Wonderful. No-one can deny statements like that. The vision specifically explains (quite rightly) that early intervention promotes better outcomes (and lower costs) in the longer term. This is what we have been saying for years – as the eligibility criteria have increasingly tightened. Therein lies the so-called rub. The way the ‘vision’ ducks this is by emphasising community support and action alongside paid care services. The ‘Big Society approach to social care’. Gulp. I honestly still find it difficult to understand ‘big society’. Does it mean more people doing voluntary and community work? I am sceptical even though I don’t want to be. My concern is that it means a greater pressure on family and friends as carers.  The vision mentions the ‘scheme’ in Japan where families ‘swap’ care responsibilities in different areas of the country. I worry that too great a reliance on informal and ‘free’ support will lead to un inequitable access to equivalent services for people that don’t have large support networks or live in supportive communities. Time Banks are also suggested as a way of providing support which is good, I like the idea but too great a reliance on hours given willingly may not be the best safety net.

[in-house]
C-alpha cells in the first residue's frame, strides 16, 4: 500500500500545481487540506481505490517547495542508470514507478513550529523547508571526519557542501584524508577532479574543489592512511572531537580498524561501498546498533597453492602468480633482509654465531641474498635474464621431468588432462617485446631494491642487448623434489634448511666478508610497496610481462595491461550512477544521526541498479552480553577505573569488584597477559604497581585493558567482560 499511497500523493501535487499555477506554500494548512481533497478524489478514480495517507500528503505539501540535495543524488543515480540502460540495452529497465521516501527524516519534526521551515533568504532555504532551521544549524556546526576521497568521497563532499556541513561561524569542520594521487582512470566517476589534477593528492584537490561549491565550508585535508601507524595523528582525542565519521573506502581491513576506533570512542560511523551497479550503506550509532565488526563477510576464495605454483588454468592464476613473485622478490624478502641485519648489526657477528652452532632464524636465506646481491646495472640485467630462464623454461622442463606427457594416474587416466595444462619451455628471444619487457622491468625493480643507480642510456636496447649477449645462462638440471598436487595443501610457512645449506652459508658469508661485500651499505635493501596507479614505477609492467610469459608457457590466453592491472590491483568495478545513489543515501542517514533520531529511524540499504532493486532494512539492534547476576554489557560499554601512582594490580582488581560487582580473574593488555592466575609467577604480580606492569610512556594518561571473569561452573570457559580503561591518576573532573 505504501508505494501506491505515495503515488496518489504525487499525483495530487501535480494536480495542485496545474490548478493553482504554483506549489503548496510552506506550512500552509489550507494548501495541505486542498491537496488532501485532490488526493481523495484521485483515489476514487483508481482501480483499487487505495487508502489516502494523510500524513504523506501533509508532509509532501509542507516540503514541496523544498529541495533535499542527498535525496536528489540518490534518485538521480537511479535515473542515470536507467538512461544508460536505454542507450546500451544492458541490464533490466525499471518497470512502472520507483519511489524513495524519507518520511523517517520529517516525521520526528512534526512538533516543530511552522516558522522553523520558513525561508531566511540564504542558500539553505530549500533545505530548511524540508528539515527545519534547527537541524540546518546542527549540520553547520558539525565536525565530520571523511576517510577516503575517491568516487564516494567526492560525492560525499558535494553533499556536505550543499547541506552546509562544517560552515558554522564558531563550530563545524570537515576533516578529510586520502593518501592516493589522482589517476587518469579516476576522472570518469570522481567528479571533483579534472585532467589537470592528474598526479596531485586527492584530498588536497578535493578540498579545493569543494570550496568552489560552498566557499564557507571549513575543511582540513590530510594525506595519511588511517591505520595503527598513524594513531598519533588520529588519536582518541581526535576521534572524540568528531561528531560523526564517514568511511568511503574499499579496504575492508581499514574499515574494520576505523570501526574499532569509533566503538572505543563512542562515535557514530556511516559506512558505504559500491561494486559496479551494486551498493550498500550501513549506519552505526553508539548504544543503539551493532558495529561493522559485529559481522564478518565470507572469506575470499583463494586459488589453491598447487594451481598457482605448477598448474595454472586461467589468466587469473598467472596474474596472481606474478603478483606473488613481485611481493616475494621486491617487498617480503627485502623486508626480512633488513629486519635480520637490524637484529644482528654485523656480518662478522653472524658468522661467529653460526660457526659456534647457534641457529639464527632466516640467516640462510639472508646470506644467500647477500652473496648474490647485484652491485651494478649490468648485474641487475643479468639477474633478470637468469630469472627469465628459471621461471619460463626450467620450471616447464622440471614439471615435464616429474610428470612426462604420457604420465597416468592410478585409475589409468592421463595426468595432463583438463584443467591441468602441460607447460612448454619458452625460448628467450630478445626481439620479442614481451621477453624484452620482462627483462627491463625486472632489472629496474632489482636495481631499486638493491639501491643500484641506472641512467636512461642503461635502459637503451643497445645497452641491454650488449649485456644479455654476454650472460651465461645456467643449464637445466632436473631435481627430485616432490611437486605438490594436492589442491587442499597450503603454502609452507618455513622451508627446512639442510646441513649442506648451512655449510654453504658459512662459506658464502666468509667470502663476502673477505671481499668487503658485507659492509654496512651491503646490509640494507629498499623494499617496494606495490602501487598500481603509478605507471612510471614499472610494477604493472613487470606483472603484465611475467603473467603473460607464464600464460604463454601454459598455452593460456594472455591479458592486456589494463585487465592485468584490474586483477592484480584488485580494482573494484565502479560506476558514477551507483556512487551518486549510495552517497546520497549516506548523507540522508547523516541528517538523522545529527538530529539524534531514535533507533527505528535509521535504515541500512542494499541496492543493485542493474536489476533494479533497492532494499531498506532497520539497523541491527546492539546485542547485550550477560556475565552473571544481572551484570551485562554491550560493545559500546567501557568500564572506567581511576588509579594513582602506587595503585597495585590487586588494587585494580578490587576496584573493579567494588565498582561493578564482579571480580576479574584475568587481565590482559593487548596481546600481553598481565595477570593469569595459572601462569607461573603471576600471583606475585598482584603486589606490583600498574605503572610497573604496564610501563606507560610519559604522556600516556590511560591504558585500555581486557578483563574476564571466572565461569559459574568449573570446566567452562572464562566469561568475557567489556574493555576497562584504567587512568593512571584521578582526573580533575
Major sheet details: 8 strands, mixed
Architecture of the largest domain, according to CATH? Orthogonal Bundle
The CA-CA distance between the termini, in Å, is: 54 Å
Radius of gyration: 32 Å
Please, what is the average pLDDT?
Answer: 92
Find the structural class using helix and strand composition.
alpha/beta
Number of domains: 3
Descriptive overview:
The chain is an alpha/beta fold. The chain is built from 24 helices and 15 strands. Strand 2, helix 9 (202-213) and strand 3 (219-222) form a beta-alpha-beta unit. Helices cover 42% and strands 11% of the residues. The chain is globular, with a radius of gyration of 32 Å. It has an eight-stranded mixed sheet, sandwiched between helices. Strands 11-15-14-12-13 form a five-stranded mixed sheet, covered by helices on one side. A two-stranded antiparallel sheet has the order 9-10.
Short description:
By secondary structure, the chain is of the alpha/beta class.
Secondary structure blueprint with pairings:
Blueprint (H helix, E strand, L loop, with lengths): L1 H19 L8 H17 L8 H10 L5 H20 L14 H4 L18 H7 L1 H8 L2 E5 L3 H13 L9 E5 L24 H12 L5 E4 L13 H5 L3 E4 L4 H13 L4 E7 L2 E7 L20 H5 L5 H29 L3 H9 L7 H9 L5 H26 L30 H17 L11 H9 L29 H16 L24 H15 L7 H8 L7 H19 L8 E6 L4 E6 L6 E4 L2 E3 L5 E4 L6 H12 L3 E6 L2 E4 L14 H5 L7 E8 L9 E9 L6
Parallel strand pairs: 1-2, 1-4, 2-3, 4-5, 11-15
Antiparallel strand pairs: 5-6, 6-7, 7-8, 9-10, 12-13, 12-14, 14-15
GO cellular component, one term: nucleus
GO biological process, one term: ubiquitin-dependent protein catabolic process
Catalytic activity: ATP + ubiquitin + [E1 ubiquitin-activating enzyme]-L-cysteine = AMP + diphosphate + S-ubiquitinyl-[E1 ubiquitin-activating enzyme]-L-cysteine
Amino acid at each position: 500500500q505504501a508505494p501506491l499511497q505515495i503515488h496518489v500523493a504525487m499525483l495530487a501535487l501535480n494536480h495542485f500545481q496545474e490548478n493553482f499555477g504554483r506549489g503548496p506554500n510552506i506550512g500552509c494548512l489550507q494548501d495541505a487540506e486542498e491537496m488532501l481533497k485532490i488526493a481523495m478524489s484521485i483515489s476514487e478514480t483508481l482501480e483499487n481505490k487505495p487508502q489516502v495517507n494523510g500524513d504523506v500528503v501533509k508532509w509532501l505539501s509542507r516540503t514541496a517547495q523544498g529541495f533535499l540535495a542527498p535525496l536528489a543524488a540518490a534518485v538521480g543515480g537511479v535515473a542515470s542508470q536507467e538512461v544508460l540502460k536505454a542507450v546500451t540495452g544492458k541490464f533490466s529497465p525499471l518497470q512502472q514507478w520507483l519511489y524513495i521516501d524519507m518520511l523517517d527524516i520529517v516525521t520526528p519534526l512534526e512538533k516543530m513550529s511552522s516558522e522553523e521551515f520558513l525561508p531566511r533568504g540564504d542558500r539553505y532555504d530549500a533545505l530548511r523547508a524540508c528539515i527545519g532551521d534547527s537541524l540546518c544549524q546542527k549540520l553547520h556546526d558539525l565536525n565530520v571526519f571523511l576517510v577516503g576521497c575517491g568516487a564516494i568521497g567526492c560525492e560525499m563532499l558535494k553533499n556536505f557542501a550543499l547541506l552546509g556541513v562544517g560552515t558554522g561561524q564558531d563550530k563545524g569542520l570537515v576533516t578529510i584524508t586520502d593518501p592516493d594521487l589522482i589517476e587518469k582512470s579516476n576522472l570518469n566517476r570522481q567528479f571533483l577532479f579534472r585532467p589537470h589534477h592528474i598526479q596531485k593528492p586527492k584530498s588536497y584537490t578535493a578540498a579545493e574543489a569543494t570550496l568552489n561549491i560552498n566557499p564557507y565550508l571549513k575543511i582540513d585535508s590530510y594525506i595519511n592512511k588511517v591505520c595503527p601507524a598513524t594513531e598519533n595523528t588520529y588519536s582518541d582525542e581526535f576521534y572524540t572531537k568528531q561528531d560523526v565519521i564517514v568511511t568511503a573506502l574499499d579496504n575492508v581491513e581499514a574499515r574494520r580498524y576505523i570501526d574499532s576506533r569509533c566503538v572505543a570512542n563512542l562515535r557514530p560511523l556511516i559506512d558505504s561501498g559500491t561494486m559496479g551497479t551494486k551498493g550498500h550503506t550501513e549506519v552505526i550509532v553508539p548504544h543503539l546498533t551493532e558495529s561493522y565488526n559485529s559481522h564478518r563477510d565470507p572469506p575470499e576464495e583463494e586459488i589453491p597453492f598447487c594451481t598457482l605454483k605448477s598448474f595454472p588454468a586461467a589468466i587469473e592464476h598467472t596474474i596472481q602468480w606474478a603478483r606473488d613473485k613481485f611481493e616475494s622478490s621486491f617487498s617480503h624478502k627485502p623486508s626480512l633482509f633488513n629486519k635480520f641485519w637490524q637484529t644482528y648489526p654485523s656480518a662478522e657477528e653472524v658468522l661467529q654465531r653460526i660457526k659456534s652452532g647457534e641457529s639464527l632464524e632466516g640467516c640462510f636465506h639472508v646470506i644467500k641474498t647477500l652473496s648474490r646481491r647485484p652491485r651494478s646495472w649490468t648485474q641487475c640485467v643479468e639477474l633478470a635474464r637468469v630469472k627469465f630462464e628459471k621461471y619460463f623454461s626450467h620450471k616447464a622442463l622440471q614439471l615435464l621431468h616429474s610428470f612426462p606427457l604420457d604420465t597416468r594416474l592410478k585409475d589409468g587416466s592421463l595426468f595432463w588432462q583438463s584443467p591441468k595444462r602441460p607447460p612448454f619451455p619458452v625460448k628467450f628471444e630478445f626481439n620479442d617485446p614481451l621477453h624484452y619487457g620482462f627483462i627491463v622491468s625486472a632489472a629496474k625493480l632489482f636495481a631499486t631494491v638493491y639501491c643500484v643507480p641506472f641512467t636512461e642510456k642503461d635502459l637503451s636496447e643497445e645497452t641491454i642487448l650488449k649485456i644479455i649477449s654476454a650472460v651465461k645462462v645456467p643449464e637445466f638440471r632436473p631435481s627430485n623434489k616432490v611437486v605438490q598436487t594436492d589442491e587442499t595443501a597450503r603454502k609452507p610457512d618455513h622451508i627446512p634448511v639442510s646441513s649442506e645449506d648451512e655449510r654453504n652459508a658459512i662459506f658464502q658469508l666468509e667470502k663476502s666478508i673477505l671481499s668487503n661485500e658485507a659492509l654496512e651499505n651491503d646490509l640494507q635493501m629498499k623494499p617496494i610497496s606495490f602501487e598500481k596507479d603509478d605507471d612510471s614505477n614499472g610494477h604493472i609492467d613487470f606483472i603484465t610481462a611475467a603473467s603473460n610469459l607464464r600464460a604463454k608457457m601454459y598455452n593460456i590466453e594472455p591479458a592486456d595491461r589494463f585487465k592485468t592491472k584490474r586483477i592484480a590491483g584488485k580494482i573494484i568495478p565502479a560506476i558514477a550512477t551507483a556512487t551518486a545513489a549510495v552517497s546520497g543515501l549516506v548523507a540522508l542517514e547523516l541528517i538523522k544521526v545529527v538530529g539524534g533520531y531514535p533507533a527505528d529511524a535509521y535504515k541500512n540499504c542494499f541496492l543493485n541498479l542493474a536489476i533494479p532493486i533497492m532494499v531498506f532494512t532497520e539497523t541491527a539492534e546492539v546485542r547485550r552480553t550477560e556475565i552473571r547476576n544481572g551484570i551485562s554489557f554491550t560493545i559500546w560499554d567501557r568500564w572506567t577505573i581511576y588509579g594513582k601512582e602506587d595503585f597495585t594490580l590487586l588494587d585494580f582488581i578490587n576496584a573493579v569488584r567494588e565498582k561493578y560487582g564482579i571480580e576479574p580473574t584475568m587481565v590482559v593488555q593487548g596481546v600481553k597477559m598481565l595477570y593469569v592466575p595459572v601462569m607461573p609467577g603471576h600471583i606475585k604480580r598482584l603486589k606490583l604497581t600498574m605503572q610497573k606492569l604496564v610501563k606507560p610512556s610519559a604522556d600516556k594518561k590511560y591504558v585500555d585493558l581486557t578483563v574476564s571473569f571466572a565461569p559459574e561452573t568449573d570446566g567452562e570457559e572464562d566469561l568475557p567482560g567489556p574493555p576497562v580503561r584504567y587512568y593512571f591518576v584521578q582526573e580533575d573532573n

I absolutely agree that commissioning needs to be closer to the ground. I see some of the craziest commissioning decisions being made and can’t believe anyone in those service areas have any clue about what  the local community needs or wants.

The vision does state clearly that ‘Carers are the first line of prevention’. Good. And it goes on to explain ‘Councils should recognise the value of offering a range of personalised support for carers to help prevent the escalation of needs that fall on statutory services’.

I have set up a lot of carers’ direct payments myself and have a few carers who manage them. In some ways, it is very easy to ‘sell’ direct payments to carers as there is a much greater degree of flexibility but there is actually very little money allocated to carers’ direct payments presently. I hope this ‘vision’ and appreciation of the longer term saving that carers are contributing that we will be able to offer them more money through direct payments themselves. Carers Allowance is some kind of evil joke that is, in my view, insulting. Carers Direct Payments potentially can ‘make up’ for it but the local authorities have to loosen the poor upper limits on the carers’ direct payments.